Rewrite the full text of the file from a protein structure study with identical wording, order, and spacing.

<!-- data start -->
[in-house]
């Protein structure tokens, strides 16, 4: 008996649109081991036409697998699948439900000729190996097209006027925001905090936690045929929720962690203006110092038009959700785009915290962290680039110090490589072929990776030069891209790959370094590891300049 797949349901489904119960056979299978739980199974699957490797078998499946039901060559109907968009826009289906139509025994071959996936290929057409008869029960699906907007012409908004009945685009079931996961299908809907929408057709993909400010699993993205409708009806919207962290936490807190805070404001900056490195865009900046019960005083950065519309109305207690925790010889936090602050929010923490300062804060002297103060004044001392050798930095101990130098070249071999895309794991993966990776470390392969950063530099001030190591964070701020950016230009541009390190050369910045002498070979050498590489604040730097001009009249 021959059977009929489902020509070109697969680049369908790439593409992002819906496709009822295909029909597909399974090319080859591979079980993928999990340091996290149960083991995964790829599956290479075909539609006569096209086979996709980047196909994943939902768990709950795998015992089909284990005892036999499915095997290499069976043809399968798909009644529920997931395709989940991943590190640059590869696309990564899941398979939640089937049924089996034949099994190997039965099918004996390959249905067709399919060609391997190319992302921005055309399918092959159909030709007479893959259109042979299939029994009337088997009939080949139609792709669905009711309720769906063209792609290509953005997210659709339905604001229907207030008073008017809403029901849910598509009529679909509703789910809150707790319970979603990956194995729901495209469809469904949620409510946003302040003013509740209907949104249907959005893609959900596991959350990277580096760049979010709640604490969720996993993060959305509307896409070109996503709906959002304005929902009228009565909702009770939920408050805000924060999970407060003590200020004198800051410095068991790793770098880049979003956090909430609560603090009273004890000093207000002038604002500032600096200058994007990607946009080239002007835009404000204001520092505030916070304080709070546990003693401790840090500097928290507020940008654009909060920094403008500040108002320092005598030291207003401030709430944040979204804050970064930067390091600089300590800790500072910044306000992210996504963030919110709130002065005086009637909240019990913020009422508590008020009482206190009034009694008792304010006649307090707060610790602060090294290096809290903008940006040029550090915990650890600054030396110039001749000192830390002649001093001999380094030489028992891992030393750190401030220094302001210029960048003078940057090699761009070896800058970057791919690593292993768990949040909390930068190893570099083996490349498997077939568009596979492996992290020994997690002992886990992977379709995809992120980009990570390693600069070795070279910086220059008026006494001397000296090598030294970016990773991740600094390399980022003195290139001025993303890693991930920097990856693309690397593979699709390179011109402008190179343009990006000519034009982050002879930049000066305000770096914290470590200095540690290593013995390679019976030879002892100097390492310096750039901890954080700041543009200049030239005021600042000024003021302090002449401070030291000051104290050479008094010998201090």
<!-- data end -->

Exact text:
[in-house]
């Protein structure tokens, strides 16, 4: 008996649109081991036409697998699948439900000729190996097209006027925001905090936690045929929720962690203006110092038009959700785009915290962290680039110090490589072929990776030069891209790959370094590891300049 797949349901489904119960056979299978739980199974699957490797078998499946039901060559109907968009826009289906139509025994071959996936290929057409008869029960699906907007012409908004009945685009079931996961299908809907929408057709993909400010699993993205409708009806919207962290936490807190805070404001900056490195865009900046019960005083950065519309109305207690925790010889936090602050929010923490300062804060002297103060004044001392050798930095101990130098070249071999895309794991993966990776470390392969950063530099001030190591964070701020950016230009541009390190050369910045002498070979050498590489604040730097001009009249 021959059977009929489902020509070109697969680049369908790439593409992002819906496709009822295909029909597909399974090319080859591979079980993928999990340091996290149960083991995964790829599956290479075909539609006569096209086979996709980047196909994943939902768990709950795998015992089909284990005892036999499915095997290499069976043809399968798909009644529920997931395709989940991943590190640059590869696309990564899941398979939640089937049924089996034949099994190997039965099918004996390959249905067709399919060609391997190319992302921005055309399918092959159909030709007479893959259109042979299939029994009337088997009939080949139609792709669905009711309720769906063209792609290509953005997210659709339905604001229907207030008073008017809403029901849910598509009529679909509703789910809150707790319970979603990956194995729901495209469809469904949620409510946003302040003013509740209907949104249907959005893609959900596991959350990277580096760049979010709640604490969720996993993060959305509307896409070109996503709906959002304005929902009228009565909702009770939920408050805000924060999970407060003590200020004198800051410095068991790793770098880049979003956090909430609560603090009273004890000093207000002038604002500032600096200058994007990607946009080239002007835009404000204001520092505030916070304080709070546990003693401790840090500097928290507020940008654009909060920094403008500040108002320092005598030291207003401030709430944040979204804050970064930067390091600089300590800790500072910044306000992210996504963030919110709130002065005086009637909240019990913020009422508590008020009482206190009034009694008792304010006649307090707060610790602060090294290096809290903008940006040029550090915990650890600054030396110039001749000192830390002649001093001999380094030489028992891992030393750190401030220094302001210029960048003078940057090699761009070896800058970057791919690593292993768990949040909390930068190893570099083996490349498997077939568009596979492996992290020994997690002992886990992977379709995809992120980009990570390693600069070795070279910086220059008026006494001397000296090598030294970016990773991740600094390399980022003195290139001025993303890693991930920097990856693309690397593979699709390179011109402008190179343009990006000519034009982050002879930049000066305000770096914290470590200095540690290593013995390679019976030879002892100097390492310096750039901890954080700041543009200049030239005021600042000024003021302090002449401070030291000051104290050479008094010998201090």